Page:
3. There is a significant change to Medical Services Plan (MSP) premium reduction.  Now while threshold will rise, there will be a uniform cut of 50% on all MSP premiums on January 1, 2018.  This will improve the operational complexity for employers who pay MSP premiums on behalf of employees.

4. The government will maintain the commitment to phase-out the application of the provincial sales tax on electricity purchases by business.  The PST rate on electricity will be reduced from 7% to 3.5% on a (fall 2017) date to be specified by regulation; the PST on electricity will be eliminated effective April 1, 2019.  [Residential electricity is already provincial sales tax-exempt.]

British Columbia’s minimum wage rises to $11.35/hour on September 15, 2017.  Future increases will be based upon recommendations from the Fair Wages Commission (to be appointed Fall 2017).

Other significant budget updates include: (a) increasing the individual income tax rate on income over $150K from 14.7% to 16.8% on January 1, 2018; (b) initiatives to increase the construction of social housing, increase the number of child care spaces, increase K-12 public education spending, and increase social assistance rates; (c) the elimination of tolling on two highway bridges in Metro Vancouver; increase in spending related to fentanyl and wildfire emergencies; and, (d) initial funding to develop a comprehensive poverty reduction strategy (including a basic income pilot in a local indigenous community).

Background:

The new B.C. government has updated the 2017 provincial budget (which was initially introduced by the previous government in February 2017 but was not passed by the legislature).  The government maintained an operating budget where there is a surplus of revenues over expenditures.  The provincial debt and debt-to-GDP numbers continue to rise when capital expenditures are taken into account.  Total debt will rise to $66.8B at the close of the 2017/18 fiscal year and $69.8B at the close of 2018/19.

In the September (BC NDP) budget, expenses are $1.7B higher than in the February (BC Liberal) budget (at $51.9B versus $50.2B).  [Revenues are $1.6B higher (at $52.4B versus $50.8B).]

The Ministry forecasts that B.C. retail sales will grow 5.9% in 2017, 4% in 2018 and 3.6% annually over the medium term.

Next Steps:

RCC will make a presentation to the B.C. legislature’s standing committee on finance in relation to the spring 2018 provincial budget.  As always, members are invited to provide contributions to the content of the presentation.

If you have any questions or concerns, please do not hesitate to contact: Greg Wilson, Director, Government Relations (B.C.) at 604-730-5254 or gwilson@retailcouncil.org.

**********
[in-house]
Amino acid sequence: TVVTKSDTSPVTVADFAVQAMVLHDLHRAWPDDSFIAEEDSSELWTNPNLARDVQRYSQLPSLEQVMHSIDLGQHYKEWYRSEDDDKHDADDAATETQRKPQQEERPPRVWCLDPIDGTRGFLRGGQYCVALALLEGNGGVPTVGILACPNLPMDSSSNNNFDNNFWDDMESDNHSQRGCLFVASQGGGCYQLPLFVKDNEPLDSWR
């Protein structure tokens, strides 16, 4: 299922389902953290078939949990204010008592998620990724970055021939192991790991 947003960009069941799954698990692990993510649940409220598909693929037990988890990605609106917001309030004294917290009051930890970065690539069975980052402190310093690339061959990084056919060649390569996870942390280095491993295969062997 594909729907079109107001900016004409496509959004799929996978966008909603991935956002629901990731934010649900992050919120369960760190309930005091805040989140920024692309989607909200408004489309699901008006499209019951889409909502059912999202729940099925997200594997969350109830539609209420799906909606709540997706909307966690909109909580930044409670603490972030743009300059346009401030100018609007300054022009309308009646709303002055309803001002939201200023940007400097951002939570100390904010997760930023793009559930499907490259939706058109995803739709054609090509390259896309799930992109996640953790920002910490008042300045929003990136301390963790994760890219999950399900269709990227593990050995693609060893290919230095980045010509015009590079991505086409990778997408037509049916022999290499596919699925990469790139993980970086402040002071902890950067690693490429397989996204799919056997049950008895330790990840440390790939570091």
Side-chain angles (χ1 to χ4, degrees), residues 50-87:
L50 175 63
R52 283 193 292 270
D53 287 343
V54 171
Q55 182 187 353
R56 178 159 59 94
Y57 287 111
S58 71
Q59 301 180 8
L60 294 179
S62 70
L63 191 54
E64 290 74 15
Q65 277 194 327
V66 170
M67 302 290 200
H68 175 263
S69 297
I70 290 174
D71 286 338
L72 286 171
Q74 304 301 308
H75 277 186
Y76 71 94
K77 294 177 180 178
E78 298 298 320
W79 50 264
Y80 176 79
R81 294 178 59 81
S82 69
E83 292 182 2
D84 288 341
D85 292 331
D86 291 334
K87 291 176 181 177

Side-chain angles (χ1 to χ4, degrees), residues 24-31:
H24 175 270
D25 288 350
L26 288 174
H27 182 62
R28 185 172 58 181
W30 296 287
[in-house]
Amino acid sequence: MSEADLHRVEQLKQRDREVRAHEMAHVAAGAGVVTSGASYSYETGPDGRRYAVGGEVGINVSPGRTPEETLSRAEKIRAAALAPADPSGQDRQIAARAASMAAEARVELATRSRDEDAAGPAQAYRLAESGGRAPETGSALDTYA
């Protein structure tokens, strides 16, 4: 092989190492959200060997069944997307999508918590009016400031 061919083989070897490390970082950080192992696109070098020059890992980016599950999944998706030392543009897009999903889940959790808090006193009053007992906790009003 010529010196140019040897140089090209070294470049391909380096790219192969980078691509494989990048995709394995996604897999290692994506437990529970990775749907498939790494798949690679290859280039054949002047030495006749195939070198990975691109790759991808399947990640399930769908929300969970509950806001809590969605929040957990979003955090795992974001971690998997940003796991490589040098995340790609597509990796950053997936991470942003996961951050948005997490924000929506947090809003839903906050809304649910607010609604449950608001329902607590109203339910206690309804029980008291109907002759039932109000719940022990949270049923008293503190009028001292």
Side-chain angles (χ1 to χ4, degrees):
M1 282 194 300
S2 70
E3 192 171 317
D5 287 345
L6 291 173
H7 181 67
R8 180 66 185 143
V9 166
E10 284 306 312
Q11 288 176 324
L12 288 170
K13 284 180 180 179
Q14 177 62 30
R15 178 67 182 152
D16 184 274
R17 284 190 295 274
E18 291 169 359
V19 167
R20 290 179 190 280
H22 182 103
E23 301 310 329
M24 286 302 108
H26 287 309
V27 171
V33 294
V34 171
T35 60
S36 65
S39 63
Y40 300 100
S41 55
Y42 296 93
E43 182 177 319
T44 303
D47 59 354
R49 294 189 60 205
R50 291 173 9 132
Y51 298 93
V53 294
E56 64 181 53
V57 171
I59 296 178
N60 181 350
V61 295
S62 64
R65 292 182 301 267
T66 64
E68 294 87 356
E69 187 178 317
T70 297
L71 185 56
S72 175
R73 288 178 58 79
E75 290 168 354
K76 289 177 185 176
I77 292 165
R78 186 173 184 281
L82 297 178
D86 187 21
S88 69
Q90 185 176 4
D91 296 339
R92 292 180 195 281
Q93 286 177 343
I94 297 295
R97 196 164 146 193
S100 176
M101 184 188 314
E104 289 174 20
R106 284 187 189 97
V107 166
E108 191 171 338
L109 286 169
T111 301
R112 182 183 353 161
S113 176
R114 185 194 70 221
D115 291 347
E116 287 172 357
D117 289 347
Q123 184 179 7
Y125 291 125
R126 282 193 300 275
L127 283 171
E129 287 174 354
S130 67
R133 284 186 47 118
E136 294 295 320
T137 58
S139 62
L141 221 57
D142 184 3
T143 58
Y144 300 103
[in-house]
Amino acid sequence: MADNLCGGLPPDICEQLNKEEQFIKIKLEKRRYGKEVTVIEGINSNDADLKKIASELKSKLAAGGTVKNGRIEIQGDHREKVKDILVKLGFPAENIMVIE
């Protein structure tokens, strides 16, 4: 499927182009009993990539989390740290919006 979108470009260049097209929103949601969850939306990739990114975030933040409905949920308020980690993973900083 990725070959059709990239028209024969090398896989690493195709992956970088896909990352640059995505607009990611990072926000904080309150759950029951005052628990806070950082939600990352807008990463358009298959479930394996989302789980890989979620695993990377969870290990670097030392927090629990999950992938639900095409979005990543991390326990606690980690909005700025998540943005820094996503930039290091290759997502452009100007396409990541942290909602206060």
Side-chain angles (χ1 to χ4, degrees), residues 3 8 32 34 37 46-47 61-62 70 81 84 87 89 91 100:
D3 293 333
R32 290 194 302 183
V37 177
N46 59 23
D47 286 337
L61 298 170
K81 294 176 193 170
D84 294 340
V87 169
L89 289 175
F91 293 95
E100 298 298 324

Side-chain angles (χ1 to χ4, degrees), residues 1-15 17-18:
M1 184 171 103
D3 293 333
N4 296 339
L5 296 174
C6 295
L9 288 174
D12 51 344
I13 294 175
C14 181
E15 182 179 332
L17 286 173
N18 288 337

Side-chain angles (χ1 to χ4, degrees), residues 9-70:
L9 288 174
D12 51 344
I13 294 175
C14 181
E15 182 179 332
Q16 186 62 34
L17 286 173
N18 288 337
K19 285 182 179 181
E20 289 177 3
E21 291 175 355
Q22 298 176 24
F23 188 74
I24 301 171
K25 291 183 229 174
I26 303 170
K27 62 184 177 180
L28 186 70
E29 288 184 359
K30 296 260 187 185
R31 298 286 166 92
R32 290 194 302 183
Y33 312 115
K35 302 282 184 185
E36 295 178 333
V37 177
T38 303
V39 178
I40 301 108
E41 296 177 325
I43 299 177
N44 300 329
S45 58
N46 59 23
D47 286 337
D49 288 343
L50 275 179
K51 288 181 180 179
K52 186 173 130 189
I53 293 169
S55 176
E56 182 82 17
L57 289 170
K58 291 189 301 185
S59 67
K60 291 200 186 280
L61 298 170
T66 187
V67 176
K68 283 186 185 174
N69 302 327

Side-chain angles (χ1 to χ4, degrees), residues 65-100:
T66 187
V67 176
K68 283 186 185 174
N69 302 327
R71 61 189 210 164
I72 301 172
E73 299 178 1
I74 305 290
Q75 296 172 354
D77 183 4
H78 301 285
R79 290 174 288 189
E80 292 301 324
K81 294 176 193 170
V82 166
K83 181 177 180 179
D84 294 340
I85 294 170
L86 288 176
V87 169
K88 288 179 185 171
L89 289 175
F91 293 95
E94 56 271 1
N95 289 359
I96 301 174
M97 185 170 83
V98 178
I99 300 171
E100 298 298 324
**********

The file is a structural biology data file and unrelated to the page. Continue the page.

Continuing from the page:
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Municipal bylaws on shopping bags in Quebec: Effective dates

Municipal bylaws on shopping bags in Quebec: Effective dates

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June 29, 2017

Montreal’s Bylaw prohibiting the distribution of certain shopping bags in retail stores will come into effect on January 1st 2018. Many municipalities of the Montreal Metropolitan Community have adopted similar bylaws. 

To facilitate your understanding of the various requirements, RCC has put together a summary of the municipal bylaws on shopping bags that are in effect in the province of Quebec or will be in the next few months.  You will find a list of municipalities, type of bags that are banned and entry into force dates here.

The Quebec government has indicated that it has no intention of imposing a province-wide regulation.  RCC continues to advocate that consumers should be able to choose. If municipalities decide to go ahead with a ban, RCC is asking that they harmonize their regulation with the Montreal bylaw in order to limit confusion amongst consumers and lessen administrative burden for retailers.

If you have any questions or concerns, please don’t hesitate to contact: Jean-Luc Benoît, Directeur, Relations gouvernementales (Québec) à jlbenoit@cccd-rcc.org or at (514) 316-8913

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For members with stores in Manitoba: Minimum wage to increase on October 1, 2017, to be indexed to the Consumer Price Index

For members with stores in Manitoba: Minimum wage to increase on October 1, 2017, to be indexed to the Consumer Price Index
PrintMay 17, 2017The Government of Manitoba announced on May 15 that the minimum wage will increase as of October 1, 2017, and w…

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For members with stores in B.C.: WorkSafeBC regulates storage racking

For members with stores in B.C.: WorkSafeBC regulates storage racking

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May 10, 2017

On May 9, WorkSafe BC announced amendments to the Occupational Health and Safety Regulation which will take effect on January 1, 2018.

The revised amendment includes all steel shelving over 8 feet or those under 8 feet loaded/unloaded by mechanical means.  It excludes shelving and display fixtures used for retail purposes but will include shelving in non-customer-facing areas, warehouses and distribution centres.

WorkSafe BC’s amendment can be found here: https://www.worksafebc.com/en/resources/law-policy/board-of-directors-decisions/bod-2017-03-30-02?lang=en

Next Steps

RCC will be in contact with both WorkSafeBC and the Minister of Jobs, Tourism and Skills Training to outline our concern regarding the wide array of impacted fixtures and the very tight implementation timeline.

Background